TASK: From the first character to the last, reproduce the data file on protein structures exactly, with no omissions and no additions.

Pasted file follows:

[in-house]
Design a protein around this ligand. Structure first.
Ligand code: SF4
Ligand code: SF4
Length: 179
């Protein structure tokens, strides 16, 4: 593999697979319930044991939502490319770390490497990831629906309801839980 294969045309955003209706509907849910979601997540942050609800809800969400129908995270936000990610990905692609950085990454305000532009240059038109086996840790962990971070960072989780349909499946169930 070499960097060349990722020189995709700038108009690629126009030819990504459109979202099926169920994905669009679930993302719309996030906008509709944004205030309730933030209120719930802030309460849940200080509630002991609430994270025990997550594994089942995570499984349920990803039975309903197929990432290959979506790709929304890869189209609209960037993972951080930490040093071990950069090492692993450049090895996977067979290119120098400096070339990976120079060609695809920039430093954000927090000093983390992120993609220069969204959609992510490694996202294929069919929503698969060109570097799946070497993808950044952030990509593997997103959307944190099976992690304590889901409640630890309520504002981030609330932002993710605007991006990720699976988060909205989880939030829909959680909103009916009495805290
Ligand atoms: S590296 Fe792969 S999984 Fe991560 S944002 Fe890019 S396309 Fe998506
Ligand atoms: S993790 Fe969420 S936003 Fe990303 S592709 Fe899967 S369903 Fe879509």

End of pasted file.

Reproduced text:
[in-house]
Design a protein around this ligand. Structure first.
Ligand code: SF4
Ligand code: SF4
Length: 179
């Protein structure tokens, strides 16, 4: 593999697979319930044991939502490319770390490497990831629906309801839980 294969045309955003209706509907849910979601997540942050609800809800969400129908995270936000990610990905692609950085990454305000532009240059038109086996840790962990971070960072989780349909499946169930 070499960097060349990722020189995709700038108009690629126009030819990504459109979202099926169920994905669009679930993302719309996030906008509709944004205030309730933030209120719930802030309460849940200080509630002991609430994270025990997550594994089942995570499984349920990803039975309903197929990432290959979506790709929304890869189209609209960037993972951080930490040093071990950069090492692993450049090895996977067979290119120098400096070339990976120079060609695809920039430093954000927090000093983390992120993609220069969204959609992510490694996202294929069919929503698969060109570097799946070497993808950044952030990509593997997103959307944190099976992690304590889901409640630890309520504002981030609330932002993710605007991006990720699976988060909205989880939030829909959680909103009916009495805290
Ligand atoms: S590296 Fe792969 S999984 Fe991560 S944002 Fe890019 S396309 Fe998506
Ligand atoms: S993790 Fe969420 S936003 Fe990303 S592709 Fe899967 S369903 Fe879509």